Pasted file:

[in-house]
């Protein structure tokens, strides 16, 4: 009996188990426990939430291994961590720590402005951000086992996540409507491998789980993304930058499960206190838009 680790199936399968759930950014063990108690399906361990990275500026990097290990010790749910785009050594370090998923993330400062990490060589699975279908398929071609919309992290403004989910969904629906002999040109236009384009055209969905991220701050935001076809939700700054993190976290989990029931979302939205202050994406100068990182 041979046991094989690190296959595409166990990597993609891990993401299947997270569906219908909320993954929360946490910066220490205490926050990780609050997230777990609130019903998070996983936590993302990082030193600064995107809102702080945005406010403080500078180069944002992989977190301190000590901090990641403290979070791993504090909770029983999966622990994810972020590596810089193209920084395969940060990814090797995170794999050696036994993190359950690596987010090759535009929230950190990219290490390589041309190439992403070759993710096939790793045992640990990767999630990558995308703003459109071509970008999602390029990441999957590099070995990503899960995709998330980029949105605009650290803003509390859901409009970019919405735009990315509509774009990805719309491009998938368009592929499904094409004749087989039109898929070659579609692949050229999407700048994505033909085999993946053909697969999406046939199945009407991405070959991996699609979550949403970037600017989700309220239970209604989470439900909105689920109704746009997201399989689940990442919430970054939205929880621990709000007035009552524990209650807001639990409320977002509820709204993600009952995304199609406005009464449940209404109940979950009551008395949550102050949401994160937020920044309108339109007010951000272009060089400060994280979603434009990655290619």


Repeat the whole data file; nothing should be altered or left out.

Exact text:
[in-house]
């Protein structure tokens, strides 16, 4: 009996188990426990939430291994961590720590402005951000086992996540409507491998789980993304930058499960206190838009 680790199936399968759930950014063990108690399906361990990275500026990097290990010790749910785009050594370090998923993330400062990490060589699975279908398929071609919309992290403004989910969904629906002999040109236009384009055209969905991220701050935001076809939700700054993190976290989990029931979302939205202050994406100068990182 041979046991094989690190296959595409166990990597993609891990993401299947997270569906219908909320993954929360946490910066220490205490926050990780609050997230777990609130019903998070996983936590993302990082030193600064995107809102702080945005406010403080500078180069944002992989977190301190000590901090990641403290979070791993504090909770029983999966622990994810972020590596810089193209920084395969940060990814090797995170794999050696036994993190359950690596987010090759535009929230950190990219290490390589041309190439992403070759993710096939790793045992640990990767999630990558995308703003459109071509970008999602390029990441999957590099070995990503899960995709998330980029949105605009650290803003509390859901409009970019919405735009990315509509774009990805719309491009998938368009592929499904094409004749087989039109898929070659579609692949050229999407700048994505033909085999993946053909697969999406046939199945009407991405070959991996699609979550949403970037600017989700309220239970209604989470439900909105689920109704746009997201399989689940990442919430970054939205929880621990709000007035009552524990209650807001639990409320977002509820709204993600009952995304199609406005009464449940209404109940979950009551008395949550102050949401994160937020920044309108339109007010951000272009060089400060994280979603434009990655290619």